Our study provides a better understanding of the relationship between diet and immune-mediated inflammatory diseases. We show that this group of common diseases have dietary patterns that are different to that of healthy individuals. Changes in the frequency of food are not restricted to the diseases that affect the digestive system, CD and UC, but also occur in IMIDs that target other organs and tissues. Mendelian randomization allowed to identify which changes are caused by the disease and differentiate from those that could be involved in the disease pathology. The identification of food frequency habits that correlate with disease severity levels, provides powerful additional evidence in this direction. In the forthcoming years, the study of diet should be prioritized if we want to fully understand the complexity of IMIDs.


Study population

The patients and controls of this study were recruited on a multicenter collaborative project by the Immune-Mediated Inflammatory Diseases Consortium (IMIDC) [30]. The IMIDC is a nation-wide network of clinical, biology and epidemiological researchers in Spain focused on the study of IMIDs. In the recruitment of the IMID patients a total of 73 university hospital clinical departments participated, including rheumatology (for RA, PsA, and SLE), dermatology (for PS and PsA) and gastroenterology departments (for UC and CD). Simultaneously, a control group of healthy subjects form the same Spanish regions were also recruited.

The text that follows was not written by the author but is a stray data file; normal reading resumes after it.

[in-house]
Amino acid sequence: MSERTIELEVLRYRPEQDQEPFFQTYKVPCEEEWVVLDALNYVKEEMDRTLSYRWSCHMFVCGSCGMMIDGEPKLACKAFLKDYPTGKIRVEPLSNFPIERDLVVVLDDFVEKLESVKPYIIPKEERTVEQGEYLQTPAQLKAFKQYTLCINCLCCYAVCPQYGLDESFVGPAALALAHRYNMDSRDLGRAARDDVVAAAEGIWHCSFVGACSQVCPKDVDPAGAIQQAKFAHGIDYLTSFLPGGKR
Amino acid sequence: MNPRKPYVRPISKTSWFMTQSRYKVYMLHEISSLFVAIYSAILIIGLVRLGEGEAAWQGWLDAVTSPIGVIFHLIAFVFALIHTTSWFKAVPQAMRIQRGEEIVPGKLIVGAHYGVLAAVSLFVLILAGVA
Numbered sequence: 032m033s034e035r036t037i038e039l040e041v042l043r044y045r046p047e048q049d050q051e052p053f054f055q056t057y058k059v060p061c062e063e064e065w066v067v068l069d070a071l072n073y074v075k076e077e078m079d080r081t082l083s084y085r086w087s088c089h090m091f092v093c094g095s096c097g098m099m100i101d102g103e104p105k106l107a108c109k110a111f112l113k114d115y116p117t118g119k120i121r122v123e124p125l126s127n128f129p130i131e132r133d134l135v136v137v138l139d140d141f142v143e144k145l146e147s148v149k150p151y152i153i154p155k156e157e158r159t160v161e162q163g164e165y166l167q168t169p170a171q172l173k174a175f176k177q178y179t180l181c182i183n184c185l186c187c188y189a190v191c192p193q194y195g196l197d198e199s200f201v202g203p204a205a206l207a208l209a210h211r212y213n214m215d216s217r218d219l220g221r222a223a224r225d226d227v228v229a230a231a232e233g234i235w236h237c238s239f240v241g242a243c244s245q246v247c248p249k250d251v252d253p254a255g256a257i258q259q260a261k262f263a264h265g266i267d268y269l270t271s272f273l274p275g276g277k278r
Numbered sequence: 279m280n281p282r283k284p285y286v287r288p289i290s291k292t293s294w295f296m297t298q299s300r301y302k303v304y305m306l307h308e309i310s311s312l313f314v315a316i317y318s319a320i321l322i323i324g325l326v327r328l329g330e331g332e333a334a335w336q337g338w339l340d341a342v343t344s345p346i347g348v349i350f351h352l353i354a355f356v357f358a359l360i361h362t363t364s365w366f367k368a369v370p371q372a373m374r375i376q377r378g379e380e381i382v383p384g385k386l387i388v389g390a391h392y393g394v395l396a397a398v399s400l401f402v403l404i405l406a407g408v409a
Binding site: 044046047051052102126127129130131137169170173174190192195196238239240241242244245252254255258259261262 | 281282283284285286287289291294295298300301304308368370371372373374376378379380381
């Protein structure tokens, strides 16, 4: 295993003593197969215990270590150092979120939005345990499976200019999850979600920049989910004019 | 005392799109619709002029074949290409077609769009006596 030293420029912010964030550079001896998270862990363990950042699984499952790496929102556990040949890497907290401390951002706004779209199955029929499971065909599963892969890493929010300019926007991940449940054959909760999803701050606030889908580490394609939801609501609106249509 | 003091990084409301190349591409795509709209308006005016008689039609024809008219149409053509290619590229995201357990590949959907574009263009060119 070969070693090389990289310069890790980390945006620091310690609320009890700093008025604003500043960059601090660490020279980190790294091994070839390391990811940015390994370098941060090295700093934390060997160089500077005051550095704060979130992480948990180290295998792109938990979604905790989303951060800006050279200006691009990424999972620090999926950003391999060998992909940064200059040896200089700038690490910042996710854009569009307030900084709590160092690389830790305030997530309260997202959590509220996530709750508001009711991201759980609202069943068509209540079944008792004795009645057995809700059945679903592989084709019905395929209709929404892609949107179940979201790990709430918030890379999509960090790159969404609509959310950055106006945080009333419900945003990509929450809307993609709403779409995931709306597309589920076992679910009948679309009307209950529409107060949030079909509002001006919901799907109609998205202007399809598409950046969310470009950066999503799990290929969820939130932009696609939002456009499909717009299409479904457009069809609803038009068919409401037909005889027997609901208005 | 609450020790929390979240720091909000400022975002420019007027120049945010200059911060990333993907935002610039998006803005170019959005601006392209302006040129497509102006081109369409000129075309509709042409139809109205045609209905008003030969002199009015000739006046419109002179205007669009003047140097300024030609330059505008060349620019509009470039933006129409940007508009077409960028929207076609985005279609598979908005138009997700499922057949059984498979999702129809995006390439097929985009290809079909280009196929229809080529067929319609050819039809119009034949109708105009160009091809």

All the patients included in this cross-sectional cohort fulfilled the consensus diagnosis criteria of each IMID (Supplemental Methods). The healthy group subjects were recruited from blood donors attending to the same university hospitals. Healthy subjects having first- or second-order relatives affected with an IMID were excluded from the study. All patients and controls were over 18 years old at the time of recruitment, were born in Spain and had also all four grandparents born in Spain. The data were collected from June 2007 to December 2012. The sample size at the end of the recruitment period consisted of 13,358 subjects, including 2282 RA, 2277 PS, 1481 PsA, 1070 SLE, 1723 UC and 2475 CD patients and 2050 healthy controls (Supplementary Fig. 1).

Epidemiological variables considered in the study included age, sex, number of years since diagnosis, smoking status (at diagnosis and present), place of residence, season of the year, and educational level. Place of residence was categorized at the province level (50 total) and education was summarized as having completed university-level studies (yes/no). Biometric variables weight and height were also measured on the same day the diet was assessed, as well as the level of physical activity (i.e., doing regular exercise during leisure or at work, yes/no). Informed consent was obtained from all participants, and protocols were reviewed and approved by local institutional review boards. This study was conducted in accordance with the Helsinki Declaration of 1975 as revised in 1983.

Assessment of disease severity

Simultaneous to dietary assessment, disease severity of IMID patients was recorded at the day of visit to the hospital by the clinician. For each disease, established severity scores were measured: the Disease Activity Score for 28 joints (DAS28) for RA and PsA [31], the Psoriasis Area and Severity Index (PASI) for PS [32], the British Isles Lupus Assessment Group (BILAG) for SLE [33], the Harvey-Bradshaw Index for CD [34] and the Lichtiger Score for UC [35]. All the physicians participating in the study were trained to follow the same criteria.

Dietary assessment